The Home Front: 1861 to 1865

Children in Wartime

How did de Tocqueville know so much?

This remains one of the truly great questions, both in history and sociology. De Tocqueville and his friend Gustave de Beaumont spent only eight months in the United States, from 1831 to 1832, yet de Tocqueville’s writings make it seem that he came to know every part of the young republic.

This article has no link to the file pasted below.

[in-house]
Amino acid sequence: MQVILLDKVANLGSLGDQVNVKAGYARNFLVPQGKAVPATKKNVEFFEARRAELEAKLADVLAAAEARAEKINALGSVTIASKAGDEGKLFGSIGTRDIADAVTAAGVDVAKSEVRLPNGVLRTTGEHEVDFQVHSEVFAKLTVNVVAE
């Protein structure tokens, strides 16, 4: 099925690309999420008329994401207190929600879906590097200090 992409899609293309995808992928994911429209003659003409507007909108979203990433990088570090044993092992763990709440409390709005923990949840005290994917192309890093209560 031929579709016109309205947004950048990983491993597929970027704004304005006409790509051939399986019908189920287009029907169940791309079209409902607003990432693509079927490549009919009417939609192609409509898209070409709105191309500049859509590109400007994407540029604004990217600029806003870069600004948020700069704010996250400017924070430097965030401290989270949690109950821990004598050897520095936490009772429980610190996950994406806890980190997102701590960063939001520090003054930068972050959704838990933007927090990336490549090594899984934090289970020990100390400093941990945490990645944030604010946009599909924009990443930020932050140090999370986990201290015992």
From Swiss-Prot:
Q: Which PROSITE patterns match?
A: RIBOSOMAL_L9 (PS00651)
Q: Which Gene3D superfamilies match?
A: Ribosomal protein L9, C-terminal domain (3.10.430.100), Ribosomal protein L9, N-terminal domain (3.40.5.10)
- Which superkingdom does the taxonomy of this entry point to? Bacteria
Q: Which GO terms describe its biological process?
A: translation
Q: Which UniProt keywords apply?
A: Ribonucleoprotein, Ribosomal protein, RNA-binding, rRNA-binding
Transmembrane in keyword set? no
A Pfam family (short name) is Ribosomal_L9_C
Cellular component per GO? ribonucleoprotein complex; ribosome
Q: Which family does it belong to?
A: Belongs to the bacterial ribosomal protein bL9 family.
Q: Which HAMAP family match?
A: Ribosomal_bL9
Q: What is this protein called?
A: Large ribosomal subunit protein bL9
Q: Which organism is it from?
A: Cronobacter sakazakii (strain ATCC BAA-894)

Some people have greater powers of observation than others and are able to extrapolate from masses of data to arrive at certain concepts which may reveal truths. That these philosophers and sociologists sometimes fail is beyond dispute; in their reach for great truths, they sometimes stumble. With the benefit of hindsight, we can point to several parts of de Tocqueville’s writing—his chapter on race relations, for example—and declare that he was mistaken. But when we do so, we usually end up shaking our heads at the far greater number of things he got right!


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